In spite of the economic liberalization of 1991 the mining sector has not seen major investments. This is possibly due to the problems such as government policy, land acquisition, development of infrastructure, transportation system, social engineering and community development involved in major green field site projects. There is a need to re-look at the total management solution for attracting investment in new mines. The solution has to lead to the creation of joint venture institutions with central government, state government and private sector as partners.

The facilitation for the project through provision of land, infrastructural development, community development etc, can be done by the government agencies whereas the investment in the mine and the associated technological inputs can come from the private sector. In addition, the private sector must have the freedom to run the mine in a cost effective manner. This may be a long term solution for future mines in India and it will have unique opportunities for both the government and private sector to work together for India's development.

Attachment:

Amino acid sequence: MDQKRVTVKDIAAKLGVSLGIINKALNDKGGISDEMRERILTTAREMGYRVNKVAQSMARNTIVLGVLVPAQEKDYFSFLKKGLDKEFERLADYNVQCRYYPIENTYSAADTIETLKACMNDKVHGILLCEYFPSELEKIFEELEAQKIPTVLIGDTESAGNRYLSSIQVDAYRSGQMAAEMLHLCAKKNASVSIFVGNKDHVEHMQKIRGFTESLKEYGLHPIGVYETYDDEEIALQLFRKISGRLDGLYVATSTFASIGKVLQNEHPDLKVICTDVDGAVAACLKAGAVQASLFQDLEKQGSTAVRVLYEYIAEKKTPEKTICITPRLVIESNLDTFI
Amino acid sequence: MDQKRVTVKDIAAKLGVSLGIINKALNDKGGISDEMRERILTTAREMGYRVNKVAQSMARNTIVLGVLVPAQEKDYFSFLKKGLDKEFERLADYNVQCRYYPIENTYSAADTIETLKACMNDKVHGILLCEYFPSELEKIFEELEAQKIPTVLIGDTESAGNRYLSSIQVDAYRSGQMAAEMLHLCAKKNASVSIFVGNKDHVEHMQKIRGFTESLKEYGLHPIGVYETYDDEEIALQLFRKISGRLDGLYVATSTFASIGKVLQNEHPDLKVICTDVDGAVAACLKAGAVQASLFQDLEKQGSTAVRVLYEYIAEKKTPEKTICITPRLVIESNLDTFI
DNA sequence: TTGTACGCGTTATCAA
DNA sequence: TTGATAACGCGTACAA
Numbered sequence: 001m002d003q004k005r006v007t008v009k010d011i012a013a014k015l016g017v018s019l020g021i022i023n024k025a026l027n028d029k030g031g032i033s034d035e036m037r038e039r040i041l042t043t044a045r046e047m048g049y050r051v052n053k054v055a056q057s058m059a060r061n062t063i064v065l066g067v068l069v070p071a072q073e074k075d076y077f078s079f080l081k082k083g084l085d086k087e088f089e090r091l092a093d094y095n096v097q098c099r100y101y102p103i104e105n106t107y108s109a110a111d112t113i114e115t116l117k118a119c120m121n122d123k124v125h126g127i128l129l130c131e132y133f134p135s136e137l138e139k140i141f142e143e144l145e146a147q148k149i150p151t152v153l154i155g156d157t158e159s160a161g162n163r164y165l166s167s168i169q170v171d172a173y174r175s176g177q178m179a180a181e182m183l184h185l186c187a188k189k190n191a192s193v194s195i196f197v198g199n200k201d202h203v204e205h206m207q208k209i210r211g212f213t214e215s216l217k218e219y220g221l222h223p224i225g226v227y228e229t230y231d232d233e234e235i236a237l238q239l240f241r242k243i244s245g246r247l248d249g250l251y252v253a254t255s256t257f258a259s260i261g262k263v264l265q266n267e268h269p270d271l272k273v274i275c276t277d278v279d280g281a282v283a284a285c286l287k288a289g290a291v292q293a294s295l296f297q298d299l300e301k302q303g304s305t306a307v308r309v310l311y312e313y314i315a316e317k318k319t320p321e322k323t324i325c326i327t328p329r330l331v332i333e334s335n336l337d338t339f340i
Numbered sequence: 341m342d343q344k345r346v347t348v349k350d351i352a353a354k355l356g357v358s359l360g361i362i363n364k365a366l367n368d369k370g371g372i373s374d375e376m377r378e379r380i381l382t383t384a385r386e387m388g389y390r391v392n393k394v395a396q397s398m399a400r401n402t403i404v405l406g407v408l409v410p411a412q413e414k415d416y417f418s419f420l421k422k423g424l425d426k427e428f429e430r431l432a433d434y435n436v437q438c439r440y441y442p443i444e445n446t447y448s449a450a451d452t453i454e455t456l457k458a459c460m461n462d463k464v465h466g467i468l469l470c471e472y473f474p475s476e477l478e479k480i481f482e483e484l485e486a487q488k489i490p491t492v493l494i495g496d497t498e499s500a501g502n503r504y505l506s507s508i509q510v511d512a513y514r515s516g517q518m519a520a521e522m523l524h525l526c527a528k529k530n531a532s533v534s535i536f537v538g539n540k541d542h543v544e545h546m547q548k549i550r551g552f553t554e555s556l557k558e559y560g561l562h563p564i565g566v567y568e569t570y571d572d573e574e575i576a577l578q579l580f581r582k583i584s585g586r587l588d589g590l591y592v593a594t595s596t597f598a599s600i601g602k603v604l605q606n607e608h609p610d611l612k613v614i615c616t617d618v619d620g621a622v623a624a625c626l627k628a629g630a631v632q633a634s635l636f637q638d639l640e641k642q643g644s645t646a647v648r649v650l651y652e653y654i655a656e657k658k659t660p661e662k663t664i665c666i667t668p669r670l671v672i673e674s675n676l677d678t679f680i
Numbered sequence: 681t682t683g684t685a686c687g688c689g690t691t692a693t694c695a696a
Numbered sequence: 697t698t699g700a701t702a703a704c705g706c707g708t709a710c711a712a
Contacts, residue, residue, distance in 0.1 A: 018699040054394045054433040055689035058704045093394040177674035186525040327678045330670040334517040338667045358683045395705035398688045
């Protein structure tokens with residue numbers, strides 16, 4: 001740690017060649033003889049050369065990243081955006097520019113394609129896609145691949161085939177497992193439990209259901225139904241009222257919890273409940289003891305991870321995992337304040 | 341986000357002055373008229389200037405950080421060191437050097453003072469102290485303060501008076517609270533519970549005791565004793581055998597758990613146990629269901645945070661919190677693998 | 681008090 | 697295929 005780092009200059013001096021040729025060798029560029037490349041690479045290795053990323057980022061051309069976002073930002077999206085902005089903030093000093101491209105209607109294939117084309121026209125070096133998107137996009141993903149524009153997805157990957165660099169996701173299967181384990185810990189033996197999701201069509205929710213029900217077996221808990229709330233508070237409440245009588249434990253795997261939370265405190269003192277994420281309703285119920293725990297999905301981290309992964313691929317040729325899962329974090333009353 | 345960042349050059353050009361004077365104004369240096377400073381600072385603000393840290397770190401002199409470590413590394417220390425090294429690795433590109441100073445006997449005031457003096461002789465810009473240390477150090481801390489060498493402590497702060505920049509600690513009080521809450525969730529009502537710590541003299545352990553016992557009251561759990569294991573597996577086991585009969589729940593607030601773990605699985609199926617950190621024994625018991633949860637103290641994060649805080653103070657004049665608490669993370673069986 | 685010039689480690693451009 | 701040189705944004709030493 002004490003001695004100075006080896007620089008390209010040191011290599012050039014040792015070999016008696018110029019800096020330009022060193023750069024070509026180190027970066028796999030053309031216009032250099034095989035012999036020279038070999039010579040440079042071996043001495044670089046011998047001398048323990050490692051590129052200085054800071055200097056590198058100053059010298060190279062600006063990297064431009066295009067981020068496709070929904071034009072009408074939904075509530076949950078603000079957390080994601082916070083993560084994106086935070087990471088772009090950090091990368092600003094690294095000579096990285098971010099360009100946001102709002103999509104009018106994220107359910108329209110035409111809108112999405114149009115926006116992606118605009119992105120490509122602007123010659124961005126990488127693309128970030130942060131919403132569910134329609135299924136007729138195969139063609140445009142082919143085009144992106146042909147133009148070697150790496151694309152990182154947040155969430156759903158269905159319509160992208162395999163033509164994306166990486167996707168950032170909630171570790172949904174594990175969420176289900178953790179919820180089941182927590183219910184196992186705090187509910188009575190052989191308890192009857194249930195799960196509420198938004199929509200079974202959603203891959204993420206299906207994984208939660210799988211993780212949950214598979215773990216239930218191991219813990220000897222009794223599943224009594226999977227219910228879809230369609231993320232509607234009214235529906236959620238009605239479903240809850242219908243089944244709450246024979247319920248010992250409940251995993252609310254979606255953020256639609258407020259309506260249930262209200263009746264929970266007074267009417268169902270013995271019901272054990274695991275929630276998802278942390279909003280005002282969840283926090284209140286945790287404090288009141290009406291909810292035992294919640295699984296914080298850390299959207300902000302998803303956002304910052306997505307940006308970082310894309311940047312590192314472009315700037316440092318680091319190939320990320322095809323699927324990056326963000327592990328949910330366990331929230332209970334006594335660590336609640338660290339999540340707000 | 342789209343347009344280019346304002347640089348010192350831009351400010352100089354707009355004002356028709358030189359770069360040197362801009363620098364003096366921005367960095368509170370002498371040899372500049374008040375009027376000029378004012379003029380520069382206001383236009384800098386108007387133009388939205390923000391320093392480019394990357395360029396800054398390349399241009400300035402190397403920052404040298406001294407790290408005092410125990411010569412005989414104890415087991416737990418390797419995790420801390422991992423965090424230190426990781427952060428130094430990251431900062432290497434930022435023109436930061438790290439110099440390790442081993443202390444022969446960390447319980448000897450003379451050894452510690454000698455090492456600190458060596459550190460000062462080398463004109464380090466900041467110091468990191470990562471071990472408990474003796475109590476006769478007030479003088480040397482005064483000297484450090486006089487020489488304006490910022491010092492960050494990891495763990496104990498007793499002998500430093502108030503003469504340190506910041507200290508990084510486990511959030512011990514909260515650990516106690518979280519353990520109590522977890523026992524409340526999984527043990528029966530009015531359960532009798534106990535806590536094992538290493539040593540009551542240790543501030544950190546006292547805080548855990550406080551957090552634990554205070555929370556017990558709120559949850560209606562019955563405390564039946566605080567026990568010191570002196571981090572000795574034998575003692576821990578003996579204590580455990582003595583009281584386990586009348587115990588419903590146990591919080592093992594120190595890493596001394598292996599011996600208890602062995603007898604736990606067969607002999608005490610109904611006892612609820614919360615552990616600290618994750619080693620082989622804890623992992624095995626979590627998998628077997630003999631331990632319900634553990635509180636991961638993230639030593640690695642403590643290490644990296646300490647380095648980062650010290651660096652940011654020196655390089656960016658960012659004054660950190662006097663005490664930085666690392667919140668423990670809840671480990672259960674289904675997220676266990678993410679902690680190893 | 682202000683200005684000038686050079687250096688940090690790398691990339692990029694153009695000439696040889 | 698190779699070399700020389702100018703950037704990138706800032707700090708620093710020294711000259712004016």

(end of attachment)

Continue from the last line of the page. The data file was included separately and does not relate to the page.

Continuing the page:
• Historically, opencast mining has been favored over underground mining. This has led to land degradation, environmental pollution and reduced quality of coal as it tends to get mixed with other matter.

• In addition, current economic mining practices are generally limited to depths of 300 meters and 25 percent of the reserves of the country are beyond this depth.

• Further, coal mining in India is associated with poor employee productivity. The output per miner per annum in India varies from 150 to 2,650 tonnes compared to an average of around 12,000 tonnes in the USA and Australia.

• India has still not been able to develop a comprehensive solution to deal with the fly ash generated at coal power stations through use of Indian coal.

• Clean coal technologies, such as Integrated Gasification Combined Cycle, where the coal is converted to gas, are available, but these are expensive and need modification to suit Indian coal specifications.

• Challenges in Jharia

Jharia Coal field in Jharkhand is the richest coal bearing area in India which contains large quantities of high grade coking coal. However, this area also contains a large number of mine fires which have been burning for several decades. A major challenge to the mining community is that of tackling fires which have engulfed large and densely populated coal bearing areas. A technological, cost effective, safe and minimum disturbance solution to this problem has to be found.

For detailed & updated information on the Indian Coal Sector, refer to the report - 'Overview of Coal Sector in India 2005'